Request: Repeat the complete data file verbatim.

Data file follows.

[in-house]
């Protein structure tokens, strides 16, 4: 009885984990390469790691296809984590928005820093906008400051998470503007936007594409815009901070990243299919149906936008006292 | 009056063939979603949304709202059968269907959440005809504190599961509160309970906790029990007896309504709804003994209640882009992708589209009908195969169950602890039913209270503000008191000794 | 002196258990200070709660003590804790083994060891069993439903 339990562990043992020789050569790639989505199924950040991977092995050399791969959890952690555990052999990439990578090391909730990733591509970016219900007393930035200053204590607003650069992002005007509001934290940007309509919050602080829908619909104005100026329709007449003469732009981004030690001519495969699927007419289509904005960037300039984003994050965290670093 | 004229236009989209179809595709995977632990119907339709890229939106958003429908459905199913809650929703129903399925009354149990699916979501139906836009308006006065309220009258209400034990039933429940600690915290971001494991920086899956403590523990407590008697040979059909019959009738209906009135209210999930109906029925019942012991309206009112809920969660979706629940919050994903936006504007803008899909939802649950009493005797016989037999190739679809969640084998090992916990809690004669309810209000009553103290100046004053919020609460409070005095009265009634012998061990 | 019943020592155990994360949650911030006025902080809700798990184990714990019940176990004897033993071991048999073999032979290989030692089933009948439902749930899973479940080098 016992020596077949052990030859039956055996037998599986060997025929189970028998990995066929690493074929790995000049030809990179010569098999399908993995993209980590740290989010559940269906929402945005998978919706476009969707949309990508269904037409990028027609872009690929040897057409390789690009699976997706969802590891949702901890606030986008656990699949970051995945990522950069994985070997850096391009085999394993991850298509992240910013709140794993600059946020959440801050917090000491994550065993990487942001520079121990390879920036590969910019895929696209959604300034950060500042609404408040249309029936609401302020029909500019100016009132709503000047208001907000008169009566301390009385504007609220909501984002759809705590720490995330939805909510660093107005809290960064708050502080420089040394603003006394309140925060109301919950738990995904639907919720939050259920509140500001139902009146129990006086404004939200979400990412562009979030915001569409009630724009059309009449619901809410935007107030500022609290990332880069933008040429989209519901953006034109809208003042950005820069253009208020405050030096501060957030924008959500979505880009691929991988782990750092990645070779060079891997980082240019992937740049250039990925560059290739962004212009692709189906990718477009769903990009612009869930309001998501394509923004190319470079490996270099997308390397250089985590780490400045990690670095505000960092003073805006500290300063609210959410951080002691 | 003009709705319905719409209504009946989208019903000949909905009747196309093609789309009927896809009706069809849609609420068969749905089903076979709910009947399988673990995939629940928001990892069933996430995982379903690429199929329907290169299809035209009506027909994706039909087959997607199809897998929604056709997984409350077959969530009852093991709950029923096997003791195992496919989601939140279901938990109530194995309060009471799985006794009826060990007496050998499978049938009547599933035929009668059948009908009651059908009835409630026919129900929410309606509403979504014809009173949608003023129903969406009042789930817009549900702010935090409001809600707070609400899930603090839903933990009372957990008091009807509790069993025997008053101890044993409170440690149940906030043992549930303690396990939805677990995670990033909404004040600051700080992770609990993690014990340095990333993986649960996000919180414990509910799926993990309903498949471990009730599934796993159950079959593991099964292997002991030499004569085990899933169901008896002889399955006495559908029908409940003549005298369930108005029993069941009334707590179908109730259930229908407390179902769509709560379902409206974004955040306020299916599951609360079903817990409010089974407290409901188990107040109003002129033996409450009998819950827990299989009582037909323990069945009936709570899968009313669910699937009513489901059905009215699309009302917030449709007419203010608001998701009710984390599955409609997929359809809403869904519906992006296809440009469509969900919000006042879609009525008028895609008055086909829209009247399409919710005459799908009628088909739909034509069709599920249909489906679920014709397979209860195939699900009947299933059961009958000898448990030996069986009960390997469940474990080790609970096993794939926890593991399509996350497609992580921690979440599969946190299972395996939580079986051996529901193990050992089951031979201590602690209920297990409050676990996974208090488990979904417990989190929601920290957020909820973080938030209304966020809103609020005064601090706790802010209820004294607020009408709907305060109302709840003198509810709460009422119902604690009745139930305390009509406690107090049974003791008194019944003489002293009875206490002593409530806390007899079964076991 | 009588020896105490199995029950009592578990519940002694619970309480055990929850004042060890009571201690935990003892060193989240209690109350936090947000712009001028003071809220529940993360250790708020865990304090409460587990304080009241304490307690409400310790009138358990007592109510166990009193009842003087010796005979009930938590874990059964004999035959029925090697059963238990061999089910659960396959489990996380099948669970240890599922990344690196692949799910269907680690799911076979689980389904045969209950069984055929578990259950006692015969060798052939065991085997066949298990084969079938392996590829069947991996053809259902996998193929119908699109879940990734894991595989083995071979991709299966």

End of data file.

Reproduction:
[in-house]
């Protein structure tokens, strides 16, 4: 009885984990390469790691296809984590928005820093906008400051998470503007936007594409815009901070990243299919149906936008006292 | 009056063939979603949304709202059968269907959440005809504190599961509160309970906790029990007896309504709804003994209640882009992708589209009908195969169950602890039913209270503000008191000794 | 002196258990200070709660003590804790083994060891069993439903 339990562990043992020789050569790639989505199924950040991977092995050399791969959890952690555990052999990439990578090391909730990733591509970016219900007393930035200053204590607003650069992002005007509001934290940007309509919050602080829908619909104005100026329709007449003469732009981004030690001519495969699927007419289509904005960037300039984003994050965290670093 | 004229236009989209179809595709995977632990119907339709890229939106958003429908459905199913809650929703129903399925009354149990699916979501139906836009308006006065309220009258209400034990039933429940600690915290971001494991920086899956403590523990407590008697040979059909019959009738209906009135209210999930109906029925019942012991309206009112809920969660979706629940919050994903936006504007803008899909939802649950009493005797016989037999190739679809969640084998090992916990809690004669309810209000009553103290100046004053919020609460409070005095009265009634012998061990 | 019943020592155990994360949650911030006025902080809700798990184990714990019940176990004897033993071991048999073999032979290989030692089933009948439902749930899973479940080098 016992020596077949052990030859039956055996037998599986060997025929189970028998990995066929690493074929790995000049030809990179010569098999399908993995993209980590740290989010559940269906929402945005998978919706476009969707949309990508269904037409990028027609872009690929040897057409390789690009699976997706969802590891949702901890606030986008656990699949970051995945990522950069994985070997850096391009085999394993991850298509992240910013709140794993600059946020959440801050917090000491994550065993990487942001520079121990390879920036590969910019895929696209959604300034950060500042609404408040249309029936609401302020029909500019100016009132709503000047208001907000008169009566301390009385504007609220909501984002759809705590720490995330939805909510660093107005809290960064708050502080420089040394603003006394309140925060109301919950738990995904639907919720939050259920509140500001139902009146129990006086404004939200979400990412562009979030915001569409009630724009059309009449619901809410935007107030500022609290990332880069933008040429989209519901953006034109809208003042950005820069253009208020405050030096501060957030924008959500979505880009691929991988782990750092990645070779060079891997980082240019992937740049250039990925560059290739962004212009692709189906990718477009769903990009612009869930309001998501394509923004190319470079490996270099997308390397250089985590780490400045990690670095505000960092003073805006500290300063609210959410951080002691 | 003009709705319905719409209504009946989208019903000949909905009747196309093609789309009927896809009706069809849609609420068969749905089903076979709910009947399988673990995939629940928001990892069933996430995982379903690429199929329907290169299809035209009506027909994706039909087959997607199809897998929604056709997984409350077959969530009852093991709950029923096997003791195992496919989601939140279901938990109530194995309060009471799985006794009826060990007496050998499978049938009547599933035929009668059948009908009651059908009835409630026919129900929410309606509403979504014809009173949608003023129903969406009042789930817009549900702010935090409001809600707070609400899930603090839903933990009372957990008091009807509790069993025997008053101890044993409170440690149940906030043992549930303690396990939805677990995670990033909404004040600051700080992770609990993690014990340095990333993986649960996000919180414990509910799926993990309903498949471990009730599934796993159950079959593991099964292997002991030499004569085990899933169901008896002889399955006495559908029908409940003549005298369930108005029993069941009334707590179908109730259930229908407390179902769509709560379902409206974004955040306020299916599951609360079903817990409010089974407290409901188990107040109003002129033996409450009998819950827990299989009582037909323990069945009936709570899968009313669910699937009513489901059905009215699309009302917030449709007419203010608001998701009710984390599955409609997929359809809403869904519906992006296809440009469509969900919000006042879609009525008028895609008055086909829209009247399409919710005459799908009628088909739909034509069709599920249909489906679920014709397979209860195939699900009947299933059961009958000898448990030996069986009960390997469940474990080790609970096993794939926890593991399509996350497609992580921690979440599969946190299972395996939580079986051996529901193990050992089951031979201590602690209920297990409050676990996974208090488990979904417990989190929601920290957020909820973080938030209304966020809103609020005064601090706790802010209820004294607020009408709907305060109302709840003198509810709460009422119902604690009745139930305390009509406690107090049974003791008194019944003489002293009875206490002593409530806390007899079964076991 | 009588020896105490199995029950009592578990519940002694619970309480055990929850004042060890009571201690935990003892060193989240209690109350936090947000712009001028003071809220529940993360250790708020865990304090409460587990304080009241304490307690409400310790009138358990007592109510166990009193009842003087010796005979009930938590874990059964004999035959029925090697059963238990061999089910659960396959489990996380099948669970240890599922990344690196692949799910269907680690799911076979689980389904045969209950069984055929578990259950006692015969060798052939065991085997066949298990084969079938392996590829069947991996053809259902996998193929119908699109879940990734894991595989083995071979991709299966």